Field of fiber-optics

Munro designed the 58,800 stemmed spheres lit by fiber-optics and LED’s to glow in varying rainbow-colored hues, giving the effect of the super blooms that covered areas of California this past spring by day. At night, however, is when the sight is most stunning. The ground transforms into a galaxy of stars, unlike anything you’ve seen or imagined.

“The amount of light emitted is surprisingly minimal — about the same as what a couple of houses would give off if they were spread over a 12-acre valley,” Munro explained, “so there’s a balance between the stars on the ground and those in the sky.”

Munro’s hope is that his work creates perspective as well as community. He designed it so that visitors could walk meditatively through the valley, considering the play of the nights on the natural wonders surrounding it.

“I work in light, but it’s not about the light, it’s about emotions,” he said. “I feel that we’re in a moment of history when we have to start questioning our values and getting back to basics. I hope that, in a small way, my installation helps guide you toward the clear sky, literally and otherwise.”

The Field of Light Installation by artist Bruce Munro is an immersive art piece comprising 50,000 shimmering lights. The sight of these lights is set against the backdrop of Uluru in the Australian Outback and spread over a vast desert landscape.

This pilgrimage-worthy sight is neither easy nor affordable to get to, so the news that the artist opened an exhibit in Paso Robles, California is exciting for all those passionate about his art designed to illuminate and accent natural beauty.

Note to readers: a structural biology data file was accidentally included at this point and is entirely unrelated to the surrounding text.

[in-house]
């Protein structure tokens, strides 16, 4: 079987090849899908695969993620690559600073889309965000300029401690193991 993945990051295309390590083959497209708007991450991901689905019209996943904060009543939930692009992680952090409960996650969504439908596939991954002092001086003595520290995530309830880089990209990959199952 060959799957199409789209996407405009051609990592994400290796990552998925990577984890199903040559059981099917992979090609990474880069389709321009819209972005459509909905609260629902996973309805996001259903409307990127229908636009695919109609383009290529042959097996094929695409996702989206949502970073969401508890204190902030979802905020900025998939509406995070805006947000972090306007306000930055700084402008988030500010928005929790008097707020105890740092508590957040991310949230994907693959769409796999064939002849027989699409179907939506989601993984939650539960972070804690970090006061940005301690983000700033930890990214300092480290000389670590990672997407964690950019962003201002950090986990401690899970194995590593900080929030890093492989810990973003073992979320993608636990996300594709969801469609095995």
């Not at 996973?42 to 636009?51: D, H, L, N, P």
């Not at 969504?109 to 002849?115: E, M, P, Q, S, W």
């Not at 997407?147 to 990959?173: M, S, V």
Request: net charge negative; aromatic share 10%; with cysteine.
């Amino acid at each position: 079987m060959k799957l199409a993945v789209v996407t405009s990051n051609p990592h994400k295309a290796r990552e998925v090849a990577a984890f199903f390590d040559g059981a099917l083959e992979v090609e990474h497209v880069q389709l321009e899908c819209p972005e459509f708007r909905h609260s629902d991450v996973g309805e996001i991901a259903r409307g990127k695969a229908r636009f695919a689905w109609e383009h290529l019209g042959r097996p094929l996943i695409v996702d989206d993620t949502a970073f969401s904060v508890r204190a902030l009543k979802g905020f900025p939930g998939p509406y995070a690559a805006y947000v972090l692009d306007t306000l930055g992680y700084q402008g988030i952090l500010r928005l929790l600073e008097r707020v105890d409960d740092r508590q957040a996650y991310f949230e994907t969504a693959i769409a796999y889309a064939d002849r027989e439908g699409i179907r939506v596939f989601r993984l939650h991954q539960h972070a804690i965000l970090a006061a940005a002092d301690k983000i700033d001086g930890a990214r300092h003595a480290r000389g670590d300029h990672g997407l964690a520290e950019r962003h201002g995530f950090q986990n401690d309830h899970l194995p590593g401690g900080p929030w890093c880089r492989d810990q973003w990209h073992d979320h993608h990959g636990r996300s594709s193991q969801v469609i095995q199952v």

This newest installation is Munro’s largest one yet, covering a 15-acre hillside in California’s wine country, around four hours north of Los Angeles. The art project, entitled Field of Light at Sensorio, has taken several years to finish, but it is meant only to complement the landscape’s natural beauty, not to add to or take away from it.

“We want visitors to be completely immersed in the environment, inclusive of the stars above,” Munro said to Travel + Leisure. “Everything we’ve created here at Sensorio dips below an elevation of 830 feet, so visitors will feel like they’re being cradled in the valley.”

Field of fiber-optics

Munro designed the 58,800 stemmed spheres lit by fiber-optics and LED’s to glow in varying rainbow-colored hues, giving the effect of the super blooms that covered areas of California this past spring by day. At night, however, is when the sight is most stunning. The ground transforms into a galaxy of stars, unlike anything you’ve seen or imagined.

“The amount of light emitted is surprisingly minimal — about the same as what a couple of houses would give off if they were spread over a 12-acre valley,” Munro explained, “so there’s a balance between the stars on the ground and those in the sky.”

Munro’s hope is that his work creates perspective as well as community. He designed it so that visitors could walk meditatively through the valley, considering the play of the nights on the natural wonders surrounding it.

“I work in light, but it’s not about the light, it’s about emotions,” he said. “I feel that we’re in a moment of history when we have to start questioning our values and getting back to basics. I hope that, in a small way, my installation helps guide you toward the clear sky, literally and otherwise.”